Looking to switch job or move house? Why not look a little further afield next time and consider one of these Mediterranean islands. A move to one of these places could truly change your life.
The largest of the Ionian Islands in western Greece, Cephalonia has a population of 35,801 of which a third lives in its prosperous capital city Argostoli. Raisins and wine used to be the island’s main exports, now it’s the slightly more prosaic – but thriving - fish farming and calcium carbonate industries.
With an airport 10 km south of Argostoli and five harbours and ports for ferry access, it’s off the beaten track, but you won’t feel marooned.
Take a boat trip in Melissani Cave with its collapsed roof for unique view of stalactites and the sky above. Or escape the tourists and go horse-riding to explore remote regions in peace.
On an altogether smaller scale, take a look at Gökçeada, Turkey’s largest island at the western most point in the Aegean. With a population of 8,210, most are employed in the fishing and tourism industries.
After flying direct into Gokceada’s airport or sailing by ferry from Kabatepe or Canakkale, head straight for the surf – conditions are perfect with pollution-free waters and an almost constant wind.
Continuing the water theme, this island features Turkey’s first – and so far only – underwater national park, Mavikoy.
With a versatile-sounding economy based on many sectors including the harbour and fishing activities, the chemical industry, craftsmanship, wine production and the very profitable tourism industry, Sant'Antioco sounds like an entrepreneur’s dream. This municipality in south-western Sardinia has a population of 11,730, many based in its main city of the same name.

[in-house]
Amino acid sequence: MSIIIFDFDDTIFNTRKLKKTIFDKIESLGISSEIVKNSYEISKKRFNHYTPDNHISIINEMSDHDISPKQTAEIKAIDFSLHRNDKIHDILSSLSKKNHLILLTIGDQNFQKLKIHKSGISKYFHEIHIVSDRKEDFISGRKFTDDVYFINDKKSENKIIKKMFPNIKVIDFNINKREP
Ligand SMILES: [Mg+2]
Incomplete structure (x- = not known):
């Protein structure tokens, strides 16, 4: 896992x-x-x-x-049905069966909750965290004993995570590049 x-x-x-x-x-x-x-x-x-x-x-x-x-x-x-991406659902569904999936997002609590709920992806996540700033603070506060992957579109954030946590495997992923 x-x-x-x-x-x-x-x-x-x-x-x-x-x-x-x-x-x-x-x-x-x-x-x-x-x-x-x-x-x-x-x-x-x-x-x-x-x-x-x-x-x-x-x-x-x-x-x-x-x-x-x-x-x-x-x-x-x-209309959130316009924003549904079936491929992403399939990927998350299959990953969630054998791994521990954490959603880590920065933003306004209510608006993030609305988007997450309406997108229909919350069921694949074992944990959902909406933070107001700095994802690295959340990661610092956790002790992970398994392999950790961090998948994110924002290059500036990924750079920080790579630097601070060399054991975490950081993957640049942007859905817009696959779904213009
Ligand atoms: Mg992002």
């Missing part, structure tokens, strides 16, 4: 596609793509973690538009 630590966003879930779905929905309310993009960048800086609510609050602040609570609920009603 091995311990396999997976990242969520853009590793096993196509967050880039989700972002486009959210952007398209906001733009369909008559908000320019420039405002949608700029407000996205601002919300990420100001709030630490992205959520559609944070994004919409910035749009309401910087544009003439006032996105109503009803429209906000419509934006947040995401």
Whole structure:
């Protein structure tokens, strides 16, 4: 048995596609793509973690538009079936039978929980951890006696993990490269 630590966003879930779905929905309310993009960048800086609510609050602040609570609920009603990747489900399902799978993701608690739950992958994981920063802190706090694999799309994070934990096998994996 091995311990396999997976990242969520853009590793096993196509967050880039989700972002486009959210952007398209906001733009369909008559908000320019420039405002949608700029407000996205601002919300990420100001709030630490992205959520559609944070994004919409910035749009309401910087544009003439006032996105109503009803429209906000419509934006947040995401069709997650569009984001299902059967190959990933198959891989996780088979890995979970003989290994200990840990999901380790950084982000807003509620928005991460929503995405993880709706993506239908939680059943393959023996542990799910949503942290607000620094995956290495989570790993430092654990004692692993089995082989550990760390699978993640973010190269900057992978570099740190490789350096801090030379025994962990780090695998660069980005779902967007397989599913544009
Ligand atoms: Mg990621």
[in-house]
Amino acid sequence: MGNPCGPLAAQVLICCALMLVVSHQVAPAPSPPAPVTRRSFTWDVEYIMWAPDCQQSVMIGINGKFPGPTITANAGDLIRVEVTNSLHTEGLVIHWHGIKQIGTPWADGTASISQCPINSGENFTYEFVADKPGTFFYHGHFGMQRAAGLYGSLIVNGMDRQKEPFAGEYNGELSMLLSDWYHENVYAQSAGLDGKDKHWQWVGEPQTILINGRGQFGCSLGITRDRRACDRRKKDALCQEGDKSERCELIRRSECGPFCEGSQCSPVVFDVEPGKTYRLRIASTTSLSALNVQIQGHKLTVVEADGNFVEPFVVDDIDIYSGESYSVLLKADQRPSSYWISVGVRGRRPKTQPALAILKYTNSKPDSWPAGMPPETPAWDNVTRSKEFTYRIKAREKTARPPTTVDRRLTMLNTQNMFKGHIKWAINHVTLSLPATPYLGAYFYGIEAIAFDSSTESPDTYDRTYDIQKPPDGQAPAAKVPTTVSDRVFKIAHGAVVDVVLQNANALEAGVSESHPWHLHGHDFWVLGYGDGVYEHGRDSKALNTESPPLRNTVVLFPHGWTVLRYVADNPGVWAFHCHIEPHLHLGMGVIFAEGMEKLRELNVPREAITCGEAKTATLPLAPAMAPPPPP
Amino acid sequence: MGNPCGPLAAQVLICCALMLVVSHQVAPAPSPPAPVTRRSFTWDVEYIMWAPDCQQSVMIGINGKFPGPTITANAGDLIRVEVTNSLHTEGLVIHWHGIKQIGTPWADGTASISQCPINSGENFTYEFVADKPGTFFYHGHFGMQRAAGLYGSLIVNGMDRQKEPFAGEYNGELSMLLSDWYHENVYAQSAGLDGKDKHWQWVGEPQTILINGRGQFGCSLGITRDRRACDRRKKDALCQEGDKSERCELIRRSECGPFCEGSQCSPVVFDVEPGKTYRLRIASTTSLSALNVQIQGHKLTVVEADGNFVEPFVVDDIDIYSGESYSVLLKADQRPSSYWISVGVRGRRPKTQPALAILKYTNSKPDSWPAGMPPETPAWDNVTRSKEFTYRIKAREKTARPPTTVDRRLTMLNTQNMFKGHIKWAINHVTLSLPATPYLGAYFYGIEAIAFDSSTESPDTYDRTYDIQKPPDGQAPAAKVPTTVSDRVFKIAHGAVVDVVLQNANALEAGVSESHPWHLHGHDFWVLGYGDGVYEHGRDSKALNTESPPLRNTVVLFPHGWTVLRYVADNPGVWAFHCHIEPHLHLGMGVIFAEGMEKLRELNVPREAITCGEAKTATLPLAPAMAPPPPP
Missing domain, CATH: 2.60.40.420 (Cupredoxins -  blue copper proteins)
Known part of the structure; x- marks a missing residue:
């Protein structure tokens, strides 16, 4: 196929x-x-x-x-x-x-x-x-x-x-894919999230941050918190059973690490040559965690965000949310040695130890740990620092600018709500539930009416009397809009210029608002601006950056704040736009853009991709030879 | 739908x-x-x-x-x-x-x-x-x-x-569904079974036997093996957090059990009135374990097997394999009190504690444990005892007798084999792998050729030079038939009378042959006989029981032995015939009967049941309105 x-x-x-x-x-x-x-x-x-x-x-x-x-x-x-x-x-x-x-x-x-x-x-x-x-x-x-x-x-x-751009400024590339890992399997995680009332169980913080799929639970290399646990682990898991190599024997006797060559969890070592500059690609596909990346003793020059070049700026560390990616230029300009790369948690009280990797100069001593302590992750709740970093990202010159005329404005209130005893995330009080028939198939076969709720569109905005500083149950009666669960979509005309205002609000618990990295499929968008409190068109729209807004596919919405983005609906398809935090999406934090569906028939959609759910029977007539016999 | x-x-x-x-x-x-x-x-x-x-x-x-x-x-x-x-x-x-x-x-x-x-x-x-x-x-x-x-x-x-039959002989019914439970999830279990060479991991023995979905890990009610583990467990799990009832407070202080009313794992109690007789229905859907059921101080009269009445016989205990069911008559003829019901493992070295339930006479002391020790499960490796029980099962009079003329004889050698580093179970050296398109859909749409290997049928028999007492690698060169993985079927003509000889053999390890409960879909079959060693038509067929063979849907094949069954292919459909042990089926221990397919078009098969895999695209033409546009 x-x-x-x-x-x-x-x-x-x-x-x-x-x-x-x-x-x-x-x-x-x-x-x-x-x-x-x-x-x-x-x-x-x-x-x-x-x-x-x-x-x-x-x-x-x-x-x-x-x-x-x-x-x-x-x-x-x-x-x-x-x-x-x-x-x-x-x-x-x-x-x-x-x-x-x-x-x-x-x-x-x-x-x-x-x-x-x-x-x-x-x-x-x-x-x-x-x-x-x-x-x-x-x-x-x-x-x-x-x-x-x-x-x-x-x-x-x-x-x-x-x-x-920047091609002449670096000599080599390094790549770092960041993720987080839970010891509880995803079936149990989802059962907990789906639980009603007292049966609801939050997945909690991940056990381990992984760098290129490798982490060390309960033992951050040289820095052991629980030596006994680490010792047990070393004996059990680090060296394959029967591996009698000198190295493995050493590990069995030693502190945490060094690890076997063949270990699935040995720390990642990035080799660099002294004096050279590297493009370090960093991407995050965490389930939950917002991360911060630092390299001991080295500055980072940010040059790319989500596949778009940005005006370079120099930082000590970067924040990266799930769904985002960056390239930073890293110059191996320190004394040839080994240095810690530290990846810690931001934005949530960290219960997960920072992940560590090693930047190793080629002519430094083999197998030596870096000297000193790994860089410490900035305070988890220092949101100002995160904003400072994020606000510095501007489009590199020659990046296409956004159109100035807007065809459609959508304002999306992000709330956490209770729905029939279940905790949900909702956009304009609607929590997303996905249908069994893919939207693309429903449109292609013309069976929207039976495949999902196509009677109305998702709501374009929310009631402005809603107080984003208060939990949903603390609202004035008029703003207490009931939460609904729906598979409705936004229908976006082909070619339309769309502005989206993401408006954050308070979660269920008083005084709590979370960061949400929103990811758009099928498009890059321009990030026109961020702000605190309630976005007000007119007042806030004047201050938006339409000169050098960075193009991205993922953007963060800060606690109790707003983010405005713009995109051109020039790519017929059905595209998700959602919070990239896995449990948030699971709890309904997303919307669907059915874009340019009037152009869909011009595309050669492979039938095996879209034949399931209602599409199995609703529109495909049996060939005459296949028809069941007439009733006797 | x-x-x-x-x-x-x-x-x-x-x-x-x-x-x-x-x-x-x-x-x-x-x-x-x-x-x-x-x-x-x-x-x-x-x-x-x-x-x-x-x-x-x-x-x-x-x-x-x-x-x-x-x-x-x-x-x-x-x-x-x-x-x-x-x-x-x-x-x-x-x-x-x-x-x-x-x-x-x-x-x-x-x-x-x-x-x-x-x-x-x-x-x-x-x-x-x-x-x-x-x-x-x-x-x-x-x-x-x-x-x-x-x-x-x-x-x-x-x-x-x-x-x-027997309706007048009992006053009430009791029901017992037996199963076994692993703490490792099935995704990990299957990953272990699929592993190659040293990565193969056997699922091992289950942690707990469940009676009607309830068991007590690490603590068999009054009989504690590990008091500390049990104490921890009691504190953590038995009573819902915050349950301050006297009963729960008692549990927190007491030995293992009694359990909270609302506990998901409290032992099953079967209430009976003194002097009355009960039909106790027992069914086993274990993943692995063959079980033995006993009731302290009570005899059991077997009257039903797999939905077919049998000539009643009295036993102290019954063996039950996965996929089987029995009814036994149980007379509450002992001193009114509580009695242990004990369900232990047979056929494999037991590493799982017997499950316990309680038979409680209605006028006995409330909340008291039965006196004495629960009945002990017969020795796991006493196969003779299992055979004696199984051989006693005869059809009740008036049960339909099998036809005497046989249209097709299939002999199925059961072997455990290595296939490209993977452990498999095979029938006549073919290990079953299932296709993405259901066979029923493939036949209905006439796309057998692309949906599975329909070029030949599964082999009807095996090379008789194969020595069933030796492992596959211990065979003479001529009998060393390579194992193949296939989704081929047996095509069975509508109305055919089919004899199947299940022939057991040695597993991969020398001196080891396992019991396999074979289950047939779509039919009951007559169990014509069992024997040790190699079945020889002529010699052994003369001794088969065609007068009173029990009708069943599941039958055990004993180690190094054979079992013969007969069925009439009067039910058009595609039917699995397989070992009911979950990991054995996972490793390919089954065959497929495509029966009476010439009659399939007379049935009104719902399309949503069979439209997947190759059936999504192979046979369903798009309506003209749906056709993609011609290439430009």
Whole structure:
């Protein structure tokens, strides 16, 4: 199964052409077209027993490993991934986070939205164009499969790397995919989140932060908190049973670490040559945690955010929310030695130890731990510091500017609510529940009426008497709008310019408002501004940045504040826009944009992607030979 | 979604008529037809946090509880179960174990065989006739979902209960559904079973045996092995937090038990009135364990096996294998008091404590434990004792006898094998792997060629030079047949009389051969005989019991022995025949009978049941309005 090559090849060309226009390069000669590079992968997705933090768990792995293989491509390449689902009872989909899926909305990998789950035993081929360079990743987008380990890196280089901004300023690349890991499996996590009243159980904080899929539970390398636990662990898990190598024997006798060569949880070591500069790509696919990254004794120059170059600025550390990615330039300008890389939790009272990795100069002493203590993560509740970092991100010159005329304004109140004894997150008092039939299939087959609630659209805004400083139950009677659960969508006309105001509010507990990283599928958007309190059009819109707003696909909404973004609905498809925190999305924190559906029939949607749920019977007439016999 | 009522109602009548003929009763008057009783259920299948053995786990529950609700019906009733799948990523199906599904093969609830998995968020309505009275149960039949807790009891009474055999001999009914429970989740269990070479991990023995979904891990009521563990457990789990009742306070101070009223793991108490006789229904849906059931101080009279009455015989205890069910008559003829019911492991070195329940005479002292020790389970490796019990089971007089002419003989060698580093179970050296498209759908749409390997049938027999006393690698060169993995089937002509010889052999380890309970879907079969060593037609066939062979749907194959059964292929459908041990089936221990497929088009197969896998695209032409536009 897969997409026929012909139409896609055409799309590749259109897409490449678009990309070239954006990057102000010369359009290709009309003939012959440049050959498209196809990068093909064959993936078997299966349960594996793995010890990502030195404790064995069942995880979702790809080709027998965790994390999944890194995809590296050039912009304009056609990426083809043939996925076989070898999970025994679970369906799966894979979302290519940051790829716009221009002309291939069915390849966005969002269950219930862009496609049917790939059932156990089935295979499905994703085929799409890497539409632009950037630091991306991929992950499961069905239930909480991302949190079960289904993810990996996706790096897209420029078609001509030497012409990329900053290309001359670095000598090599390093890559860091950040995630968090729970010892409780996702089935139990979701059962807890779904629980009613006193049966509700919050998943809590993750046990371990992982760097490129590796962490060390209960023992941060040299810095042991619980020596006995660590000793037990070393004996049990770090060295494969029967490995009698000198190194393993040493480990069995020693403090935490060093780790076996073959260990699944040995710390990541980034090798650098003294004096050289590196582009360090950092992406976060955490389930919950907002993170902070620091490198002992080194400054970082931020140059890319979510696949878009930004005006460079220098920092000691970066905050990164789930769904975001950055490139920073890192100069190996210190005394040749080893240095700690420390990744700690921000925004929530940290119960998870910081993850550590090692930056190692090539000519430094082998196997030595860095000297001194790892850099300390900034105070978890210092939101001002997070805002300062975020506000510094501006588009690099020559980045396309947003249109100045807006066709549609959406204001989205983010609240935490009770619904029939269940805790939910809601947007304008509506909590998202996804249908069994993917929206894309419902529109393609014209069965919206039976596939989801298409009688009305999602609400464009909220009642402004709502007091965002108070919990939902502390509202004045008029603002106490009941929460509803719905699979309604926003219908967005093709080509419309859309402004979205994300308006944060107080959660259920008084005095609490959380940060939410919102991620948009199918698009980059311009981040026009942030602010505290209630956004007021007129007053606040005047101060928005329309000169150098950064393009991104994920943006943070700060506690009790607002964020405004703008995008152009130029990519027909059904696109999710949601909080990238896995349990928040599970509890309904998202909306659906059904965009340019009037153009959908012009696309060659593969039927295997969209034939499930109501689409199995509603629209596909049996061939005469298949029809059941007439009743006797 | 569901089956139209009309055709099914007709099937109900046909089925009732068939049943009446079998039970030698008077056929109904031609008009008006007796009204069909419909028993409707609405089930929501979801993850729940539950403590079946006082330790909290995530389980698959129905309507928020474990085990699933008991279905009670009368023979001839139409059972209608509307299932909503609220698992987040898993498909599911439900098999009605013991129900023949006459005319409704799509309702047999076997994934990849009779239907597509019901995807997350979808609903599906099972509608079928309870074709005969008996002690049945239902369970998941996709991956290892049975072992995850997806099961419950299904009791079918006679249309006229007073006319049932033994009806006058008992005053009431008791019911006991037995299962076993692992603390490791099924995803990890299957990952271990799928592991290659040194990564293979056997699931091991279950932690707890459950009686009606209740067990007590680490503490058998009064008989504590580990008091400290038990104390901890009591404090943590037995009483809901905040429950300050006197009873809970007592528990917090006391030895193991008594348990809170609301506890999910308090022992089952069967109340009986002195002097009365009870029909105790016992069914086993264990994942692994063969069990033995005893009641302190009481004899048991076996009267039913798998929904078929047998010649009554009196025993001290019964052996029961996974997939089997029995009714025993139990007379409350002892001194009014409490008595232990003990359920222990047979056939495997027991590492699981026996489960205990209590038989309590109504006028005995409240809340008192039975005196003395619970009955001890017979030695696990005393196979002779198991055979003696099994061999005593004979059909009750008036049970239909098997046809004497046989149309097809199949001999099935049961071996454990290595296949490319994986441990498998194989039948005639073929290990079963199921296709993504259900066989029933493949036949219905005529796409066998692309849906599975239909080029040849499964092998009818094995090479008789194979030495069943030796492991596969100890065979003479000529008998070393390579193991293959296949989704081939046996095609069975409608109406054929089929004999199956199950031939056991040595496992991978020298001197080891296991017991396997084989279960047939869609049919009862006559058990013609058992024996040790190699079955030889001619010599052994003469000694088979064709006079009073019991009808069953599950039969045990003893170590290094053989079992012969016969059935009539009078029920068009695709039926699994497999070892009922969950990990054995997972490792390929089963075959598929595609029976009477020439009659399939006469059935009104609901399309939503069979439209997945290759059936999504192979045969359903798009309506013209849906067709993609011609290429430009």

A bridge connects it to mainland Sardinia, if you need to look for work further afield. Kite-surfing is really big here, but it’s a seasonal activity – it’s banned in summer months (June, July and August) when the beaches are far too crowded.
Odysseus was supposedly held captive here for seven years by the goddess Calypso. And to be fair, there’s much about Mljet to captivate – it’s the greenest and most beautiful of the Adriatic islands in the Dalmatia region of Croatia.
In total, 72% is covered by forest; the sea is pristine; and the shores clean and sandy. There isn’t even an airport to disturb the tranquillity – ferry connections run from Dubrovnik.
Hiking is just about the best way to explore its National Park and beyond. The total population is just 1,111, most employed in tourism, farming, fishing, vine culture, olives and fruit-growing.
Keen cyclists might want to check out Formentera, about 6 km south of Ibiza, Spain. With a particular emphasis on the environment and sustainable tourism, there are cycle tracks on virtually every road and there are 20 specially designated cycling and hiking trails (the Circuits Verds) to take you off the beaten track.
Many of its population of 10,757 make a living from tourism, but you could be one of the lucky few to profit from small-scale traditional fishing or growing vines and fruit trees.
With no airport, access is via ferries from Ibiza or Spanish mainland. Which, let’s face it, is pretty much in keeping with what you’d expect from living on an island.